Chicago hospitals begin to lean on expanded ICU spaces as regular critical care beds fill

Additional spaces inside hospitals are being converted to provide intensive care ahead of an expected surge in severely sick patients.

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Rush University Medical Center

Rush University Medical Center is among the Chicago hospitals that have set up critical care beds in unused rooms to handle more coronavirus patients.

Rich Hein/Sun-Times file photo

Several Chicago hospitals have moved critical care beds into unused spaces to handle an expected influx of coronavirus patients.

“We are expanding our ICU capacity into other units that are not in use because of the suspension of elective surgery,” Rush University Medical Center spokesman Tobin Clinger told the Chicago Sun-Times on Tuesday. “That is to say, while the normal ICU may be at capacity, our capacity for ICU patients is not because we are creating new areas for treatment.”

Dan Regan, a spokesman for Sinai Health System, confirmed in an email that ICUs in its system were running at 95% to 100% capacity Tuesday, and it was “ramping up our surge plans” to expand.

Those plans included the repurposing of rooms and staff at Mount Sinai and Holy Cross hospitals, Regan wrote. He also said mobile triage trailers were in use at both hospitals. The goal, he said, is to help contain the virus “by getting patients with minor symptoms evaluated and quickly sent back home with instructions and medicine to lessen their symptoms.”

The hospital system has also been working on transfer agreements with other hospitals to deal with the expected surge, Regan said.

Julie Pesch, a spokeswoman for Lurie Children’s Hospital, said it has offered to take pediatric patients from other hospitals to help with the rise in adult patients.

Dr. Jay Chauhan, president of the Chicago Medical Society, which represents 17,000 doctors in Cook County, said his members are reporting all Chicago hospitals are beginning to lean on added ICU space as their regular critical care space has reached capacity.

However, Andrew Buchanon, a spokesman for the Chicago Department of Health, said Tuesday that city hospitals are not close to reaching capacity of regular ICU beds, not to mention the additional capacity hospitals are creating.

“Some individual hospitals will be under more pressure than others, of course, but right now the ICU situation is not far out of line with what it typically is,” he said.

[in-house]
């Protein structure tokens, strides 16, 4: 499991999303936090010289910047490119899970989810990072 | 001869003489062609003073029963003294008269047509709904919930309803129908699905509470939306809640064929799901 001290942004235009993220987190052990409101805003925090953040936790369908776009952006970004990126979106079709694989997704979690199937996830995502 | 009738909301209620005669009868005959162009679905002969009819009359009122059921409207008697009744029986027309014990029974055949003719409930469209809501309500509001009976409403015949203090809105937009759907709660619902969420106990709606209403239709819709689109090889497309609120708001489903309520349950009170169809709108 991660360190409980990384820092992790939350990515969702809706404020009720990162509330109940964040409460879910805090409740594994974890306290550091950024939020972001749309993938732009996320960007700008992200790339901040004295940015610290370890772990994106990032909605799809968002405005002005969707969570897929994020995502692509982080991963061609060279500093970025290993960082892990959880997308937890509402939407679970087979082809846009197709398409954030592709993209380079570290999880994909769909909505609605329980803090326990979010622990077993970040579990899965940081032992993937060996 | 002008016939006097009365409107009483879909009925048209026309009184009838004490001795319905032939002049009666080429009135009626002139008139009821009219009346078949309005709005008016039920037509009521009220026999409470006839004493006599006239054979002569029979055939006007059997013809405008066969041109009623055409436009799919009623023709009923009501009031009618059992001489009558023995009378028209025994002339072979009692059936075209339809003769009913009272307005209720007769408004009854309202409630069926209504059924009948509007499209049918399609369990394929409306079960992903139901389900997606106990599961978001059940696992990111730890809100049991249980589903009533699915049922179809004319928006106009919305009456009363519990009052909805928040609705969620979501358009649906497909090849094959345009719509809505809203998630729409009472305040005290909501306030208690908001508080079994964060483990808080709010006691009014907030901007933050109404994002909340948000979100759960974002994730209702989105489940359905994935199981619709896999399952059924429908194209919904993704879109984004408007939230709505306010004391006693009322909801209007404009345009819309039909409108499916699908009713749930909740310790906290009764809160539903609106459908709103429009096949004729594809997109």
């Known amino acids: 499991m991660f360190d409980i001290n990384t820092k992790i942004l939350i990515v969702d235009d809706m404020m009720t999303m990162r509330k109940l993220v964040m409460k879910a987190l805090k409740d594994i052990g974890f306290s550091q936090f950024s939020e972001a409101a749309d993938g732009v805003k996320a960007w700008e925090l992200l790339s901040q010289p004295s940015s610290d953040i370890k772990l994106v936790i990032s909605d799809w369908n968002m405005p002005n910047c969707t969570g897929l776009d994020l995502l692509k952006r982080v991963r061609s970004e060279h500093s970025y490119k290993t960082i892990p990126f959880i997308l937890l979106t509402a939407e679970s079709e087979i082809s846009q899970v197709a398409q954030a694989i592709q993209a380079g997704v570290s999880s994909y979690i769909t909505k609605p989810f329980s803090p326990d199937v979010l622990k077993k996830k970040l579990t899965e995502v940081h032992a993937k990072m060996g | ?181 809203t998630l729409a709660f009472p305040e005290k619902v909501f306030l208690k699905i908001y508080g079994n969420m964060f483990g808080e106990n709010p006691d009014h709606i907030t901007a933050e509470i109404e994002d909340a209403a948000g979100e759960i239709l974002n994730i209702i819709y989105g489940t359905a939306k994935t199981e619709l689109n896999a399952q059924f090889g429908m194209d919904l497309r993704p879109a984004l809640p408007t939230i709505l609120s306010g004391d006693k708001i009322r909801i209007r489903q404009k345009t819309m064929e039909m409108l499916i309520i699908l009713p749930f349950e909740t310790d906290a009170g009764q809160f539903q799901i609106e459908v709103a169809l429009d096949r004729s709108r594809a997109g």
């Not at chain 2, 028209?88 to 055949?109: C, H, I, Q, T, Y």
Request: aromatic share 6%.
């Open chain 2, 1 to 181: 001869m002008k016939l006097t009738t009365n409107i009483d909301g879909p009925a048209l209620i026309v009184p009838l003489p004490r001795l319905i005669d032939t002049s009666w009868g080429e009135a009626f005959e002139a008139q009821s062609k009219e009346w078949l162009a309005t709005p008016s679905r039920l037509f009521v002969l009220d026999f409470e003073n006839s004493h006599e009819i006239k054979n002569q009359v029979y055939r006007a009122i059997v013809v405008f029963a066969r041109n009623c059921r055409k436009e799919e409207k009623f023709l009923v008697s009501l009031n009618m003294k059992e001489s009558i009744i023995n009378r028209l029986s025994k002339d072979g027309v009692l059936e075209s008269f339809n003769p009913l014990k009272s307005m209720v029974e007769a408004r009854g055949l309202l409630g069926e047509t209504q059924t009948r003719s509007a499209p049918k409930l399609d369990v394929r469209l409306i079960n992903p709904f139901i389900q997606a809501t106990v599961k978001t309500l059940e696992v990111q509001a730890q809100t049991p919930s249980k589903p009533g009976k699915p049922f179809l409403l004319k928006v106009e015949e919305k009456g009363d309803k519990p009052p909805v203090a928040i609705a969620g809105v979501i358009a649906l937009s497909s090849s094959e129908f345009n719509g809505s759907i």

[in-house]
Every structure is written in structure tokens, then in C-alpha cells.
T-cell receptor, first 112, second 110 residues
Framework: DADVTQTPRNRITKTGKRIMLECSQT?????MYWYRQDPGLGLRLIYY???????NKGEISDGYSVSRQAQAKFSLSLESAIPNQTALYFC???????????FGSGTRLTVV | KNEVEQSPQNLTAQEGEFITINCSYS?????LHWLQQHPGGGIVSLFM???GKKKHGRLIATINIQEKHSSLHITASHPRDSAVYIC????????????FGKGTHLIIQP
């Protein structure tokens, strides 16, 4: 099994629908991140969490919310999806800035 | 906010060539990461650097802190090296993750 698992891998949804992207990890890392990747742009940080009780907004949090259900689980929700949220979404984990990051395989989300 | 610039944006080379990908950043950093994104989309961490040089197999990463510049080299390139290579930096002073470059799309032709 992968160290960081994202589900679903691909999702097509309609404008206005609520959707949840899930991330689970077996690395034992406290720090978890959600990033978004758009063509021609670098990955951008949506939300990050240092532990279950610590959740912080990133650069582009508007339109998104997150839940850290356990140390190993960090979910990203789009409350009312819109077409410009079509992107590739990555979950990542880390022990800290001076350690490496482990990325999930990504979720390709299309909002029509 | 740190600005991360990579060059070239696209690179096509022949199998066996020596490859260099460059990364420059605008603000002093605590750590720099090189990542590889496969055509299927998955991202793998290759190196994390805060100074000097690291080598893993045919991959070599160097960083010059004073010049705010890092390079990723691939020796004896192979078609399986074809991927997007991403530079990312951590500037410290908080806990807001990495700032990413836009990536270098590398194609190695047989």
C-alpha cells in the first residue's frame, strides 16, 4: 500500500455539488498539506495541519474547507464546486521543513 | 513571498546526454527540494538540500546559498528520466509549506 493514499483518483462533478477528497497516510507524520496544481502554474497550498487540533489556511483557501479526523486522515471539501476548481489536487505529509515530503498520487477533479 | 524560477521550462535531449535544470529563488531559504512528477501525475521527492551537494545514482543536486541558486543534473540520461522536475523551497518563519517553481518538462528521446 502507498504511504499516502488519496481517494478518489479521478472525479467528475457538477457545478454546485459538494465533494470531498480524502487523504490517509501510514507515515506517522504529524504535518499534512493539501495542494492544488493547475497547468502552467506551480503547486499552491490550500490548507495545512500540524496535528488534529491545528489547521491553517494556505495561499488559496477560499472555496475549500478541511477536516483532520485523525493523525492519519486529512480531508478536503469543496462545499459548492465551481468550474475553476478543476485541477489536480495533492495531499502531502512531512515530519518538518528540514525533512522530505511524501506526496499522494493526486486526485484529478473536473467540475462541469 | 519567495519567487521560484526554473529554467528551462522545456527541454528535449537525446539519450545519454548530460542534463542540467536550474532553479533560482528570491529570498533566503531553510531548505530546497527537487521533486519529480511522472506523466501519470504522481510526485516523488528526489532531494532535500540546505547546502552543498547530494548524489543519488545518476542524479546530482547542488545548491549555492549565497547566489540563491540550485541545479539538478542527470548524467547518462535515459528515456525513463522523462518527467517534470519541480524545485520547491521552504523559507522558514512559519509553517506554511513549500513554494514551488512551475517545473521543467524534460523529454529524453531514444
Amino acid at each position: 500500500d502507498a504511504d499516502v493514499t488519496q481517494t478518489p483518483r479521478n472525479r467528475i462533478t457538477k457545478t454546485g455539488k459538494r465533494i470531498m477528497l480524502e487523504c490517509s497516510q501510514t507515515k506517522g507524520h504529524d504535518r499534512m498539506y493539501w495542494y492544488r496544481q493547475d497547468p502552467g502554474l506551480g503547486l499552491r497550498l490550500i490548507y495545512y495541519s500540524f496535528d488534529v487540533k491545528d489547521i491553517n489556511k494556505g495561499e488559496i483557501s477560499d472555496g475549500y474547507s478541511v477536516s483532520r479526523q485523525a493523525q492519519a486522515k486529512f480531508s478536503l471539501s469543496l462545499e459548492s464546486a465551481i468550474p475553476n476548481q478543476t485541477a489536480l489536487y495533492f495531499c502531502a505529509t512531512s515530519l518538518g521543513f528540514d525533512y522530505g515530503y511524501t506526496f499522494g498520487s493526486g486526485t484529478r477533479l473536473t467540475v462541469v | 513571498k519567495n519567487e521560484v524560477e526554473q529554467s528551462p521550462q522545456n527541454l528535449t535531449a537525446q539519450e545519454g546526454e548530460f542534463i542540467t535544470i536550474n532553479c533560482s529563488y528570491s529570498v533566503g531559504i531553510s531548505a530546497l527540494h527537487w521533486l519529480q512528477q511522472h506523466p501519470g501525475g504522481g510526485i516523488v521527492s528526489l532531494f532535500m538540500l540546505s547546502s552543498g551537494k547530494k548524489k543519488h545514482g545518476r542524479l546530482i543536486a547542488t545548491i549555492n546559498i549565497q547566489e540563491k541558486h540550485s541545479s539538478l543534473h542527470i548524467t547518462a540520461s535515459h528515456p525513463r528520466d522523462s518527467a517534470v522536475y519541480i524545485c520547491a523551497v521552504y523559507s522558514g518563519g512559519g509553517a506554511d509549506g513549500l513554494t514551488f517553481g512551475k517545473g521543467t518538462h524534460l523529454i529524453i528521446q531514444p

To ease pressure on hospitals needed for critical care,500 beds were expected to become available this week at McCormick Place, which will be available for patients with less severe symptoms. The site will be outfitted with 3,000 beds in the coming weeks. The state is also working to open similar facilities at the former Advocate Sherman Hospital campus in Elgin and the MetroSouth Medical Center in Blue Island.

Chauhan also has asked Gov. J.B. Pritzker to grant doctors working under emergency conditions immunity from lawsuits that might stem from a variety of scenarios — including having to choose which patients receive a ventilator.

Last week, Chauhan sent a letter to Pritzker asking him to take action:

At your request, physicians have stopped (non-emergency) procedures. Meanwhile, physicians are practicing outside of their specialties to treat an unprecedented number of patients while learning new technology like telehealth and coming out of retirement to treat sick patients. But physicians worry these heroic efforts will be overshadowed by a potential lawsuit down the road if an elective surgery turns into an emergency situation or physicians are held responsible for a decision to ration care. We understand hospitals are quickly writing policies that put the onus on physicians to decide who will get a ventilator. Physicians want to work with you to assist in building capacity at hospitals by ensuring that all available physicians can participate without fear of a lawsuit after doing our best for Illinois patients in this unprecedented public health threat. To do this, we would like for protections to be put in place to limit physician exposure to potential lawsuits. In particular, we ask that you extend tort immunity to physicians under your state emergency declaration.

Chauhan said Tuesday he had not heard back from the governor’s office.

A spokeswoman for the governor said in an email to the Sun-Times: “The administration has spoken with the Chicago Medical Society and Illinois Hospital Association and are working on appropriate policy adjustments so health care workers can do their work to save lives.”

Chauhan said such an order from a governor would not be unprecedented and pointed to recent measures taken by New York Gov. Andrew Cuomo to protect frontline doctors from litigation.

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